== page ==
Spike Lee’s heist film is set in the 21st century (with full awareness of the ethnic stew and contemporary power politics that define New York City today), but it spends a lot of time tipping its hat to the New York street dramas of the 1970s, those tales of the gritty, untameable city told by Sidney Lumet (Serpico, Dog Day Afternoon), William Friedkin (The French Connection), and John Schlesinger (Midnight Cowboy, Marathon Man).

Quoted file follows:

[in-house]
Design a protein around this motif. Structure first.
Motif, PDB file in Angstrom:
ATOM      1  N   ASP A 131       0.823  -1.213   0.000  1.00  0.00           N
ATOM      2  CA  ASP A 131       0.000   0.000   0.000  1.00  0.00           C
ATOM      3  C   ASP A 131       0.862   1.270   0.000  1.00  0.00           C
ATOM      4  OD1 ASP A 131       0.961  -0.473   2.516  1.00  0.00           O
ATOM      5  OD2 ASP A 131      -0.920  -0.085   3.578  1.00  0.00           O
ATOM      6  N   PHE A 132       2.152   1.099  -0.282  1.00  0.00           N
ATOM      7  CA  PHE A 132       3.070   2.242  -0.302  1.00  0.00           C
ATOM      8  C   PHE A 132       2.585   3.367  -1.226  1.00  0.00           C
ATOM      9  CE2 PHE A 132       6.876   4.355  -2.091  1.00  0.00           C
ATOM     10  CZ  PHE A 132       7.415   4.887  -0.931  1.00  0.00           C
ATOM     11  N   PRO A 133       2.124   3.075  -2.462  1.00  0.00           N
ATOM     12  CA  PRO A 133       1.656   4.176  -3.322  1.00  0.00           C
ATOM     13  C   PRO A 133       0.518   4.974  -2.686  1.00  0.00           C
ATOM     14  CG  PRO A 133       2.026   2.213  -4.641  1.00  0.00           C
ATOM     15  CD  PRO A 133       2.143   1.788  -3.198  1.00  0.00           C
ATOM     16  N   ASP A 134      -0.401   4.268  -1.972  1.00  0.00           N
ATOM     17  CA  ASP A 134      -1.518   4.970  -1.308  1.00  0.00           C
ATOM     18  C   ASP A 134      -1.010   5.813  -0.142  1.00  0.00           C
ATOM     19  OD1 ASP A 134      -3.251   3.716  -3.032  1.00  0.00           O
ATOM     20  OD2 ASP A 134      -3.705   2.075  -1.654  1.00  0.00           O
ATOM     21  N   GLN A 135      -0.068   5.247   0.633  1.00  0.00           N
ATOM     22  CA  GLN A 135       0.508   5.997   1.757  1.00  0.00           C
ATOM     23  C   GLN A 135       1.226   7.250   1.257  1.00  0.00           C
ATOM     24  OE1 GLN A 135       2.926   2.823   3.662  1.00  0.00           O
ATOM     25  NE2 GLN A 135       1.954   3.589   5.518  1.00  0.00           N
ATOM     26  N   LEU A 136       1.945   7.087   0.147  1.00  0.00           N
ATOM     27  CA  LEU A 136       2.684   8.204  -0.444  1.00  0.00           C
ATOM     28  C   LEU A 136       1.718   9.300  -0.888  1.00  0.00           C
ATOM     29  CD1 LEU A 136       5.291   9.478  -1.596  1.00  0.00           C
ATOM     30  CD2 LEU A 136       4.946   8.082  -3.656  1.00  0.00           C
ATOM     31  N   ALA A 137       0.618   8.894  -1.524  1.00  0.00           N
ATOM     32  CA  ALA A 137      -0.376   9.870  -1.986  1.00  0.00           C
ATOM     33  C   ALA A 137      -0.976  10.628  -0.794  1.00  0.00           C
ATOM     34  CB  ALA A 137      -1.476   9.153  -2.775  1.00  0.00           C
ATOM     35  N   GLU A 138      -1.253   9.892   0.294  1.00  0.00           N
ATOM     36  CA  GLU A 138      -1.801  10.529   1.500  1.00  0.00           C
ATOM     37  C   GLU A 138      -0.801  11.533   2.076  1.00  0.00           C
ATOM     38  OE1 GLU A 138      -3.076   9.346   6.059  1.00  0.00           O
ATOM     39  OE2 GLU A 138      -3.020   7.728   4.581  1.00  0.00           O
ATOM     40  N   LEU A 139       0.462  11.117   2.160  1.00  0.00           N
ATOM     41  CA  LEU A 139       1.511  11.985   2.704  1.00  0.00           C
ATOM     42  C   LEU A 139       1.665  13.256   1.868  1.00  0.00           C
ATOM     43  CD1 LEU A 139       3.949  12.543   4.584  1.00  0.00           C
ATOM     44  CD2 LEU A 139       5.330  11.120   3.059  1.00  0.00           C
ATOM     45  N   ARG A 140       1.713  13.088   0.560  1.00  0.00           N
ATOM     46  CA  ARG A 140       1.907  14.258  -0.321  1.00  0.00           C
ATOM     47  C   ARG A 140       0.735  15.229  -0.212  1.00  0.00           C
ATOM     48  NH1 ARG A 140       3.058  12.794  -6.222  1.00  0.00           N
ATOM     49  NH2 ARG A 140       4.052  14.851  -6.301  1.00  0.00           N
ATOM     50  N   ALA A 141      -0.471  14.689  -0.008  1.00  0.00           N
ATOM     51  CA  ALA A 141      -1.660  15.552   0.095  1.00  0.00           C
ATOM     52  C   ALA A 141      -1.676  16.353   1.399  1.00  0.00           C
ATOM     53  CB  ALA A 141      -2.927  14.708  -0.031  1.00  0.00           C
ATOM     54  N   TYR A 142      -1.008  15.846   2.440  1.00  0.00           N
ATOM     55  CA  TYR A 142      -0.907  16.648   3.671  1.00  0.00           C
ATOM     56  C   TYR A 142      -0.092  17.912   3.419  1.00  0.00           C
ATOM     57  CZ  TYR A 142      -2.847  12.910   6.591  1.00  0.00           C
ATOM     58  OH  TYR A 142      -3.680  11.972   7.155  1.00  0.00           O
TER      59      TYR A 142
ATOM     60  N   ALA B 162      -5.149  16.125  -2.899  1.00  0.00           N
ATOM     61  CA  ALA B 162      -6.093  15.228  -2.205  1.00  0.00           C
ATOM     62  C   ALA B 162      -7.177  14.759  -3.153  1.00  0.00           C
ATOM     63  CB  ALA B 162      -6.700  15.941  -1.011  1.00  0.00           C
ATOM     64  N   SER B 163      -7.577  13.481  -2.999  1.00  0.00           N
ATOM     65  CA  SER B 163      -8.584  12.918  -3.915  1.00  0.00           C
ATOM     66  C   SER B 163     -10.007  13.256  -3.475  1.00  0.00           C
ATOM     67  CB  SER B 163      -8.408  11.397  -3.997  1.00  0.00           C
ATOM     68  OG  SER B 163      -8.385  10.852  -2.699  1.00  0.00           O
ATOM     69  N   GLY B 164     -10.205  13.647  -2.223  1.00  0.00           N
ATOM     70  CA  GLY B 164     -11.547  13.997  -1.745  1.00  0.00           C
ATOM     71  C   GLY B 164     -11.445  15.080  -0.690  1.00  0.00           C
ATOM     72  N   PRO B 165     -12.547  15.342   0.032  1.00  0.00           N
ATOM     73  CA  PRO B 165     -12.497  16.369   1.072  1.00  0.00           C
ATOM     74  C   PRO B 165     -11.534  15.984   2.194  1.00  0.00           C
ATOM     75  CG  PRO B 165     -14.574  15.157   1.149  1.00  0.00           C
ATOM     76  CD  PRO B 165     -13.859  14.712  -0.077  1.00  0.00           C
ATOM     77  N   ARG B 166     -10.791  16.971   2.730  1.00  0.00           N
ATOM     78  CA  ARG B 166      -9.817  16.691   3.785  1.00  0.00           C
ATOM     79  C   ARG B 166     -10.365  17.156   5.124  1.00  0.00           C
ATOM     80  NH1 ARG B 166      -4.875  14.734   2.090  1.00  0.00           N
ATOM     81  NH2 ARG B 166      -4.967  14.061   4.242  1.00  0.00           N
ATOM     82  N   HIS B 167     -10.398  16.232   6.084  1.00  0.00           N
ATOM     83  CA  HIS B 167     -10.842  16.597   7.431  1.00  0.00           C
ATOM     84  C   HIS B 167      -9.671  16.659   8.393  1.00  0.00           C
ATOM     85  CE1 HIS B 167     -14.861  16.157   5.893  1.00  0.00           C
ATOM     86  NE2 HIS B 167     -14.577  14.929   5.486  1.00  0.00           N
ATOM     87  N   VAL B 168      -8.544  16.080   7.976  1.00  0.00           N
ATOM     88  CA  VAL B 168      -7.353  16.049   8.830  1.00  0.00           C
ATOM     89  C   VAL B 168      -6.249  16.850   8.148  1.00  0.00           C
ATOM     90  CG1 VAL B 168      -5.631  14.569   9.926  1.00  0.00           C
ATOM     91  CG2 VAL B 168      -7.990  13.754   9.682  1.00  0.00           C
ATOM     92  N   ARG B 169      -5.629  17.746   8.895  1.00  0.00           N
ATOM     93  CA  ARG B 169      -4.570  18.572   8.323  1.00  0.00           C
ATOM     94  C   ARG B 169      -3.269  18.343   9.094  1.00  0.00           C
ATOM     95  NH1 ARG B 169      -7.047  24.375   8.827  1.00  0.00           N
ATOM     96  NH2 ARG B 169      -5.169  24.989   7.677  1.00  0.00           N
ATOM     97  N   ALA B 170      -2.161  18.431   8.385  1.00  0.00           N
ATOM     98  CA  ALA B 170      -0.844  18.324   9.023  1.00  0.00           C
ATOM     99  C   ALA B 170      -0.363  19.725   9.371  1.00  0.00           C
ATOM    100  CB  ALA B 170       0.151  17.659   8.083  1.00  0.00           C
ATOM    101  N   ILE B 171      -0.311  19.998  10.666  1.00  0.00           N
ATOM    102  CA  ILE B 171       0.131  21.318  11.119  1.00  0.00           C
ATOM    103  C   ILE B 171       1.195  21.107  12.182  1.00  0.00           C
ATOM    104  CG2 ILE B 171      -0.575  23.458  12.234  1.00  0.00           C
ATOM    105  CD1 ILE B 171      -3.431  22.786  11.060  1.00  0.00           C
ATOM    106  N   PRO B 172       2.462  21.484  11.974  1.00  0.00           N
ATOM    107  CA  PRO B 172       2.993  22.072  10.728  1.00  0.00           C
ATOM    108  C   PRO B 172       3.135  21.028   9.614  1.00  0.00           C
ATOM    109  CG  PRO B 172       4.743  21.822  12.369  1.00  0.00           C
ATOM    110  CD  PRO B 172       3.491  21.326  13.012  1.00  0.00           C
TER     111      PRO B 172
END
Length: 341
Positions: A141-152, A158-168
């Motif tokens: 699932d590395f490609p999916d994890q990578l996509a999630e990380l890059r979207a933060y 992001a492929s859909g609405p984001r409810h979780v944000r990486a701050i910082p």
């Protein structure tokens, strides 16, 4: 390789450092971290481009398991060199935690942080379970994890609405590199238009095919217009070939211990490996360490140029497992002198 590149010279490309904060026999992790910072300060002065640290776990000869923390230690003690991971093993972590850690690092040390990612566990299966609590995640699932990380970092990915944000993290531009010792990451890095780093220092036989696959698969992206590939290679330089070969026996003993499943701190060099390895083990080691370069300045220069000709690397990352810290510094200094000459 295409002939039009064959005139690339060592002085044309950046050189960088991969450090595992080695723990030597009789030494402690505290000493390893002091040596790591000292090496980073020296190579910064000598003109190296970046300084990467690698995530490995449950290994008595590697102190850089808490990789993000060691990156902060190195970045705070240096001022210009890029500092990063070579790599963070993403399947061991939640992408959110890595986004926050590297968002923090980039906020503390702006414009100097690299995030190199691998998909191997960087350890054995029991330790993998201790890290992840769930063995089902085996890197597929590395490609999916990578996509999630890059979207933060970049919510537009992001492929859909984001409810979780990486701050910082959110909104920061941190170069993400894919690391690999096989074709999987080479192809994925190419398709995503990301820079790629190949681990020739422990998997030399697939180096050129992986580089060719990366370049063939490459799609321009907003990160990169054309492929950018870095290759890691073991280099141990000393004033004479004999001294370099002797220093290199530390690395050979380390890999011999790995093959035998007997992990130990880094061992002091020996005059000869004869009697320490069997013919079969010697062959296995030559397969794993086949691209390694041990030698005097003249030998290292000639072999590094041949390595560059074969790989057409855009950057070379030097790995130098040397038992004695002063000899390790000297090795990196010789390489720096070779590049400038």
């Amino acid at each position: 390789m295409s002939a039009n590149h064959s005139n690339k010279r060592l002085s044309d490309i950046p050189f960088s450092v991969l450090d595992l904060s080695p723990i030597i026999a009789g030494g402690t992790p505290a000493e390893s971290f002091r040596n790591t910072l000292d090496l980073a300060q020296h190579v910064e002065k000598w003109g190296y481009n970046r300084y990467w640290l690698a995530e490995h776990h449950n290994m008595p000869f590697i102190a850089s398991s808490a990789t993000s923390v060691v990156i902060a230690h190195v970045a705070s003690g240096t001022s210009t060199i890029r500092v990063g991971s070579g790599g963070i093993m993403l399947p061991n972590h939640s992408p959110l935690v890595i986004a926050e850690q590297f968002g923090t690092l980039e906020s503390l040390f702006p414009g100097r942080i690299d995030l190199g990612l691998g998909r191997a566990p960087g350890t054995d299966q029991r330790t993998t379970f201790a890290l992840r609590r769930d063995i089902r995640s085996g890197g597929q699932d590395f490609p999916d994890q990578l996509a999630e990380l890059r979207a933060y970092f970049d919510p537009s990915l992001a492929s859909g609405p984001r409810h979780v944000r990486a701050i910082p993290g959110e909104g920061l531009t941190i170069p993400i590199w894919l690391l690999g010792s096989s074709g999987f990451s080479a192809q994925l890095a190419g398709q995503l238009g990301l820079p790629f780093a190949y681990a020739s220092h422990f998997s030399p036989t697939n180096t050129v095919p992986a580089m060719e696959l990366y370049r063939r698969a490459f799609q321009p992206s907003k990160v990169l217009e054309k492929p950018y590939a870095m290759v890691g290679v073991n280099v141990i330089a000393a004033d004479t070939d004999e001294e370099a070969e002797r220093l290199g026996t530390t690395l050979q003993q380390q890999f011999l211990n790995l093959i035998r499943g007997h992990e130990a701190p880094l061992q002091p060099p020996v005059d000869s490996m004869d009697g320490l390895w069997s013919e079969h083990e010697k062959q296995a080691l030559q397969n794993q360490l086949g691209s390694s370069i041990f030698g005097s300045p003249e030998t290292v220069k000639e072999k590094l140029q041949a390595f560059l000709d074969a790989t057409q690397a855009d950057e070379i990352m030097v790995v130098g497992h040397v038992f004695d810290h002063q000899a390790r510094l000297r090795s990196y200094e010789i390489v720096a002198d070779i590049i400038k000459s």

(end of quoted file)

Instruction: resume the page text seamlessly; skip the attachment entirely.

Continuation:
Most of the film is a battle of wits between Clive Owen’s brilliant thief, whose gang stages a hostage crisis during a bank-vault robbery, and Denzel Washington’s wily detective, who tries to ferret him out. Running interference are Christopher Plummer (a mogul with a secret hidden in the vault that he doesn’t want revealed) and Jodie Foster (a power broker who knows where the proverbial bodies are buried). The story, told in time-jumping fashion in Russell Gewirtz’s puzzle-box screenplay, is full of deliberate misdirection; the revelation of Owen’s true motives and what he’s really up to is pretty far-fetched, but you certainly won’t guess it. That heist-movie feeling—that you’ve been manipulated and swindled by pros—is what you’re left with, and there’s nothing unsatisfying about that.